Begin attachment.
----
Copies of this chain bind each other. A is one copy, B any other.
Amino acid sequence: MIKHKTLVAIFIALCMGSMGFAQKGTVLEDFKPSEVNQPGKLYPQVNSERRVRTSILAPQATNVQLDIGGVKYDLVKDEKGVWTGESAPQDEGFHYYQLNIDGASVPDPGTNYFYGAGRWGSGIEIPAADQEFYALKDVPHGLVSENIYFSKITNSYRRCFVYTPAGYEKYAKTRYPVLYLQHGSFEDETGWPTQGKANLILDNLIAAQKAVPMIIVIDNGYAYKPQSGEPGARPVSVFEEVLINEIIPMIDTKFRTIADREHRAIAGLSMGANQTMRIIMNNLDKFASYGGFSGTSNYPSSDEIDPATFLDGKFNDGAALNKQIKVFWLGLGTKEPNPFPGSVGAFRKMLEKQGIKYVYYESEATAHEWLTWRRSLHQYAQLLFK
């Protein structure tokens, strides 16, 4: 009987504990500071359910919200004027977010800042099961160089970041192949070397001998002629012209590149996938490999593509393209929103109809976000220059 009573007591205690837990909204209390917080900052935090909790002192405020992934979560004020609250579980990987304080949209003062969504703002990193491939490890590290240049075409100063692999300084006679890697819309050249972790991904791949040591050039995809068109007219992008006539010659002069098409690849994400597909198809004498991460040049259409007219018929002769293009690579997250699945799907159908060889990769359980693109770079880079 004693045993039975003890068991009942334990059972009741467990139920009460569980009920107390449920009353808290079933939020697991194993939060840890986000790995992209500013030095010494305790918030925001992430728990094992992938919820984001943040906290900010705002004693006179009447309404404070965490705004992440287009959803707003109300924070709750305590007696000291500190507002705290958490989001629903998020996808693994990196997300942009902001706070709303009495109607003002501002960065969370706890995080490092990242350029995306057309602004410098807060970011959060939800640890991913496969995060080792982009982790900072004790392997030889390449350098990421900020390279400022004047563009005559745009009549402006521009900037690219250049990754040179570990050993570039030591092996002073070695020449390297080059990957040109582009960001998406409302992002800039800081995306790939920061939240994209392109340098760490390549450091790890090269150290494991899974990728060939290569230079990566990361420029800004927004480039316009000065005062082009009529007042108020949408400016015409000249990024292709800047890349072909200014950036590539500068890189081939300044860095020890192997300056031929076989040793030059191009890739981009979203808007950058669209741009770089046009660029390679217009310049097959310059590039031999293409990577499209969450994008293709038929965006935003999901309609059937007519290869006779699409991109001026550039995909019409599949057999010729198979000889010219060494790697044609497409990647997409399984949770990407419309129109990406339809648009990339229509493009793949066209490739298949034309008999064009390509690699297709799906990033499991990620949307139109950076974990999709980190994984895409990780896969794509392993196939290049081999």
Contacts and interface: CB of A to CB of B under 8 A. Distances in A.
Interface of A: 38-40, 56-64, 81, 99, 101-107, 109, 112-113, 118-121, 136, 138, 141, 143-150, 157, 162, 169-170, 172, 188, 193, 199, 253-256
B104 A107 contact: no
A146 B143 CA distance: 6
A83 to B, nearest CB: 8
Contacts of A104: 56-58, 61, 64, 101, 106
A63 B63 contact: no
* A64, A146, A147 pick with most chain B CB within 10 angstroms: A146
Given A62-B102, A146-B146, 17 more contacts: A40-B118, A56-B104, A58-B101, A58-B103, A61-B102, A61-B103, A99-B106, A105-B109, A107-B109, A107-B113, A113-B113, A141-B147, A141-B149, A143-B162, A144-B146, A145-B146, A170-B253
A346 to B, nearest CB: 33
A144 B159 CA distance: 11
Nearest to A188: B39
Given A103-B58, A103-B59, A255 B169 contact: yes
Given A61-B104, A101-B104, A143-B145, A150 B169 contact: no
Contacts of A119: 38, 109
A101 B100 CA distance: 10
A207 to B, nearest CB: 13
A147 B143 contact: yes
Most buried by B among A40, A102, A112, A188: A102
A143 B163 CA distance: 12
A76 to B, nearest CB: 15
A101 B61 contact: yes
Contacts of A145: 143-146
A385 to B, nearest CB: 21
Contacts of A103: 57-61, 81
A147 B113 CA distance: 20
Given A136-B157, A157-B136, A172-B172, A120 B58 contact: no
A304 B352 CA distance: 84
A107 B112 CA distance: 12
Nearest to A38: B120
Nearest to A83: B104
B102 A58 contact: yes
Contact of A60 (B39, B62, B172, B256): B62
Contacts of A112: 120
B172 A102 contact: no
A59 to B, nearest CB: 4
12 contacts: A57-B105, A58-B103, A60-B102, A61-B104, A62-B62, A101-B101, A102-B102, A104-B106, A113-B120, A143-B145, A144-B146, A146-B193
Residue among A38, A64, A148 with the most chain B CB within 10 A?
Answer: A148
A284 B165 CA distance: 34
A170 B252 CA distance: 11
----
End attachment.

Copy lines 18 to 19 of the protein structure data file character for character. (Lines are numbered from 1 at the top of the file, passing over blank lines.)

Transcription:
Contacts of A119: 38, 109
A101 B100 CA distance: 10